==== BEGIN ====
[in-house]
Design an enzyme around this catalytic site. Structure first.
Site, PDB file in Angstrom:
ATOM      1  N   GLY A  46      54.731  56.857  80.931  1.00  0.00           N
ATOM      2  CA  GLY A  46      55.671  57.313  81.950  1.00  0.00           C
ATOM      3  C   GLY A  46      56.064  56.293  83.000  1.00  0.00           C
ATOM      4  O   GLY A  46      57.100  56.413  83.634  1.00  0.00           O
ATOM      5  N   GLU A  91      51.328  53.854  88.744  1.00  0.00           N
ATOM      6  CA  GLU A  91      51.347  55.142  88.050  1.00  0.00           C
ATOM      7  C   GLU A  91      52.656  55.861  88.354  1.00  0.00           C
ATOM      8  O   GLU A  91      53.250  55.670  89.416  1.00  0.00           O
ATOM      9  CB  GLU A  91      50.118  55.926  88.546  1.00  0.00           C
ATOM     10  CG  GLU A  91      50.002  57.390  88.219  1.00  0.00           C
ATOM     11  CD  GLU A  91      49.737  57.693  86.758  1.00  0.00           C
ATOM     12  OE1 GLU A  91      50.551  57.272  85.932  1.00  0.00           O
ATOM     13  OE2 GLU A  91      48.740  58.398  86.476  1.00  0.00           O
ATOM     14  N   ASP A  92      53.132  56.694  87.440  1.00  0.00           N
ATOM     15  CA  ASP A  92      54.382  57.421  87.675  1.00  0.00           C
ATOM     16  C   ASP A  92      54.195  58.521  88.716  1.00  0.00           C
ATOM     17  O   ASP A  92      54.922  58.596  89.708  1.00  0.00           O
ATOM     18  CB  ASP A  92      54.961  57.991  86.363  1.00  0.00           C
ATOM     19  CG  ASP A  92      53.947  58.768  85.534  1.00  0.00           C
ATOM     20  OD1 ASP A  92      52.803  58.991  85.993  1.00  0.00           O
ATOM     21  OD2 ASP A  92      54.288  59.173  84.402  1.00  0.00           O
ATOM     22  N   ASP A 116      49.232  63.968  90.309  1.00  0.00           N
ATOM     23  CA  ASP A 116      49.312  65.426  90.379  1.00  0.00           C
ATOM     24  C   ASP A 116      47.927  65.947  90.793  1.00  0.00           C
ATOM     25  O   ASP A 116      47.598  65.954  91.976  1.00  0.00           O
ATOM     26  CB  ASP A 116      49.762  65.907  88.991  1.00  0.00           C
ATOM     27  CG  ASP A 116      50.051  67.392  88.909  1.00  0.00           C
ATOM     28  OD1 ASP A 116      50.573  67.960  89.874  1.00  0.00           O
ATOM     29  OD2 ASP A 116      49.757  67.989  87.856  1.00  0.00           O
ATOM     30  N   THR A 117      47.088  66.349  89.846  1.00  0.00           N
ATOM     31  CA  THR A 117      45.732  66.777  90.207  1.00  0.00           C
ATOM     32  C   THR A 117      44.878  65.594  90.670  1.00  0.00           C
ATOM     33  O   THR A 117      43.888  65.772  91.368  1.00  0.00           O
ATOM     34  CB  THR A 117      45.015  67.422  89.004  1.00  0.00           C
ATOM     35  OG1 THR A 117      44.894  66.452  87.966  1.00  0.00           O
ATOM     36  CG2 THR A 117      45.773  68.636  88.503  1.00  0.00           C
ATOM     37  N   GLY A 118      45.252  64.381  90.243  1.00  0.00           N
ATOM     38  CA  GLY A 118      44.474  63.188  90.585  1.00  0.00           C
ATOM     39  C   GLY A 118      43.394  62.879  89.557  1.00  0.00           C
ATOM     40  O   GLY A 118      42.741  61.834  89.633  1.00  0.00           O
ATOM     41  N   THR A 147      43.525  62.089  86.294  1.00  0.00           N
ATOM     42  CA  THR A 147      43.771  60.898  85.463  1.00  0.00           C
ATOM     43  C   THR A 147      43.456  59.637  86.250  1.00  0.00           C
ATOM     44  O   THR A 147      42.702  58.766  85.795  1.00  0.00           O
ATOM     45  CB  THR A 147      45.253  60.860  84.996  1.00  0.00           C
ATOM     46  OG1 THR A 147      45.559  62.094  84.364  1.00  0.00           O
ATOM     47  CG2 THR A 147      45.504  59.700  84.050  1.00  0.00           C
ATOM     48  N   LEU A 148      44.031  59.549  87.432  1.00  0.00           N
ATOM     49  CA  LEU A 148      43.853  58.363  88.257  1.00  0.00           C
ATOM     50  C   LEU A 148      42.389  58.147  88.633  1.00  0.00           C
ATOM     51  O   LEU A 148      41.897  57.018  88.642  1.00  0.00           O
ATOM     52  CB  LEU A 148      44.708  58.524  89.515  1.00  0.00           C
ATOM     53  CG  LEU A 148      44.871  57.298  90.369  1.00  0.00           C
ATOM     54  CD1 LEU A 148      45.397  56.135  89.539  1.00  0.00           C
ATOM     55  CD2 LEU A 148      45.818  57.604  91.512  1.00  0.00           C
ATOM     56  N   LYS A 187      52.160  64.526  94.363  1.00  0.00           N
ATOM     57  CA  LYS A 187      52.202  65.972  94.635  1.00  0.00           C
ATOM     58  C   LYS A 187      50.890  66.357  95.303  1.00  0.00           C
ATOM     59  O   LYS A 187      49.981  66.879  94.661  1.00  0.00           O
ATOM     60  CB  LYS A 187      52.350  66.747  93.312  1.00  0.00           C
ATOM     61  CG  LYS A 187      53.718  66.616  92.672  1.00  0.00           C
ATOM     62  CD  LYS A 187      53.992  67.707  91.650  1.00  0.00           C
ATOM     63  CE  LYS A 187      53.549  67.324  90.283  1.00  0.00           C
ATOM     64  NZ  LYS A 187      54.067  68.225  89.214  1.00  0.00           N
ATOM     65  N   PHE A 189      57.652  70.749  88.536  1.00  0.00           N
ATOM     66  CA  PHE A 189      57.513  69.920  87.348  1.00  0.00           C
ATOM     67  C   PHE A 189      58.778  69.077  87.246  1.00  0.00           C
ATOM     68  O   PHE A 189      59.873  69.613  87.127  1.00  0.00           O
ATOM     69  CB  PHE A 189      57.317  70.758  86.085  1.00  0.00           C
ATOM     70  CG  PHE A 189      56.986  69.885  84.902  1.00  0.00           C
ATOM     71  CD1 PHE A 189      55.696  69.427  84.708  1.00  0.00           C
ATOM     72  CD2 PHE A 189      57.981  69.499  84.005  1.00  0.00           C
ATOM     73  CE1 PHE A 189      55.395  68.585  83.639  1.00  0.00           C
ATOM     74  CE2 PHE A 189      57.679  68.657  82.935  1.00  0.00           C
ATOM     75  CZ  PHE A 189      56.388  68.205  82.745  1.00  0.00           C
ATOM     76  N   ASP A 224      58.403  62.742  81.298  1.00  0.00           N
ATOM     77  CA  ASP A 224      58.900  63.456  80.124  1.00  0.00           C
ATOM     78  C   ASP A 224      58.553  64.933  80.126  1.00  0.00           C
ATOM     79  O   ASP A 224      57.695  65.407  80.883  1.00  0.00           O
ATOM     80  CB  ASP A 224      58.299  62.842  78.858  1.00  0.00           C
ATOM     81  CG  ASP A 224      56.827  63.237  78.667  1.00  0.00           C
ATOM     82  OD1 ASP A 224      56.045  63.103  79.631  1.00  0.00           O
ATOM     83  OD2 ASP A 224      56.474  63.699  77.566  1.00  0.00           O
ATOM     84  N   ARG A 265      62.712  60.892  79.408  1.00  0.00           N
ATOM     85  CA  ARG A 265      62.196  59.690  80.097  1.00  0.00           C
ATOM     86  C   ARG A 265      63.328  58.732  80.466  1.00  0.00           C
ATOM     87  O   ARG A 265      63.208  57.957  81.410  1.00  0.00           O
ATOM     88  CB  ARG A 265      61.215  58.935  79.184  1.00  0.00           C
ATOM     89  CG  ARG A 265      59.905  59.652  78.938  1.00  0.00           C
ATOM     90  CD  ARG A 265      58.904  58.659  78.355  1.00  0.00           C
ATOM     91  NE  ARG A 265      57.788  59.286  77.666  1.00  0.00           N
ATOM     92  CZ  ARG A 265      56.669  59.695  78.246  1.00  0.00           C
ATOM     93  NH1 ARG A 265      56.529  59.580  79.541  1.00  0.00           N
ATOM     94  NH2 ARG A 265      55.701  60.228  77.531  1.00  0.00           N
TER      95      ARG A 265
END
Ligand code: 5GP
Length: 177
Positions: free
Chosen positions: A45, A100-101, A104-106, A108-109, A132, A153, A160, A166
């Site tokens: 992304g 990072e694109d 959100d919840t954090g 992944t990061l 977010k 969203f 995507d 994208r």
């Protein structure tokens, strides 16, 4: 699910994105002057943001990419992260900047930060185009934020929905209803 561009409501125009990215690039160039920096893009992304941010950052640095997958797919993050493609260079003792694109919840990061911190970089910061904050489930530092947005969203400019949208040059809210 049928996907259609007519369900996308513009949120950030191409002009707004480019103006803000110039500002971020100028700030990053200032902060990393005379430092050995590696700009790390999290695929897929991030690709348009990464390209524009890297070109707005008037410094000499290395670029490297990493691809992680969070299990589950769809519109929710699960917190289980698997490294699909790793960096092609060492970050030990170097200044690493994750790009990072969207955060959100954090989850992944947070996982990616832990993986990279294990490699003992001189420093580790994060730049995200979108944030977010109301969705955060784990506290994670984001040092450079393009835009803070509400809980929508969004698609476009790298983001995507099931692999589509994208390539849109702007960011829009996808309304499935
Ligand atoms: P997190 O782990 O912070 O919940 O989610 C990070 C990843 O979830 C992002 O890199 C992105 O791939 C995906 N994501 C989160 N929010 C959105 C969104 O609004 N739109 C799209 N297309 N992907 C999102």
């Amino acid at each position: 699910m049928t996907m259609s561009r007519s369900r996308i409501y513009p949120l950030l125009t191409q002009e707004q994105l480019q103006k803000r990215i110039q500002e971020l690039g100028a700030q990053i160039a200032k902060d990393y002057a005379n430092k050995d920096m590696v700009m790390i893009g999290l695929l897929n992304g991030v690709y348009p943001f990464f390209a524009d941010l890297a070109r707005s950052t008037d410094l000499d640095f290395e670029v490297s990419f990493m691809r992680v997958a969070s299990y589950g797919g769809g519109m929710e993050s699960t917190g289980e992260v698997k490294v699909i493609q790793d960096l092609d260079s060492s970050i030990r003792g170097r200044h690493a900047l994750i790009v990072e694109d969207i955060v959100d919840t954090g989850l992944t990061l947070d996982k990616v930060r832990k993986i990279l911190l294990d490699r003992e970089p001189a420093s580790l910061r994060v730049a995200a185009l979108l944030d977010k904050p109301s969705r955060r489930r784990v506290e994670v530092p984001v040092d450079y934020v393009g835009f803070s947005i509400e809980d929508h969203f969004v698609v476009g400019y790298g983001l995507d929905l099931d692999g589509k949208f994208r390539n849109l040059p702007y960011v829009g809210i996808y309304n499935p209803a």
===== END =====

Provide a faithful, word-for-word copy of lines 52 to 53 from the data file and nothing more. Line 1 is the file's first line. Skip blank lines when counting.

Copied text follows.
ATOM     49  CA  LEU A 148      43.853  58.363  88.257  1.00  0.00           C
ATOM     50  C   LEU A 148      42.389  58.147  88.633  1.00  0.00           C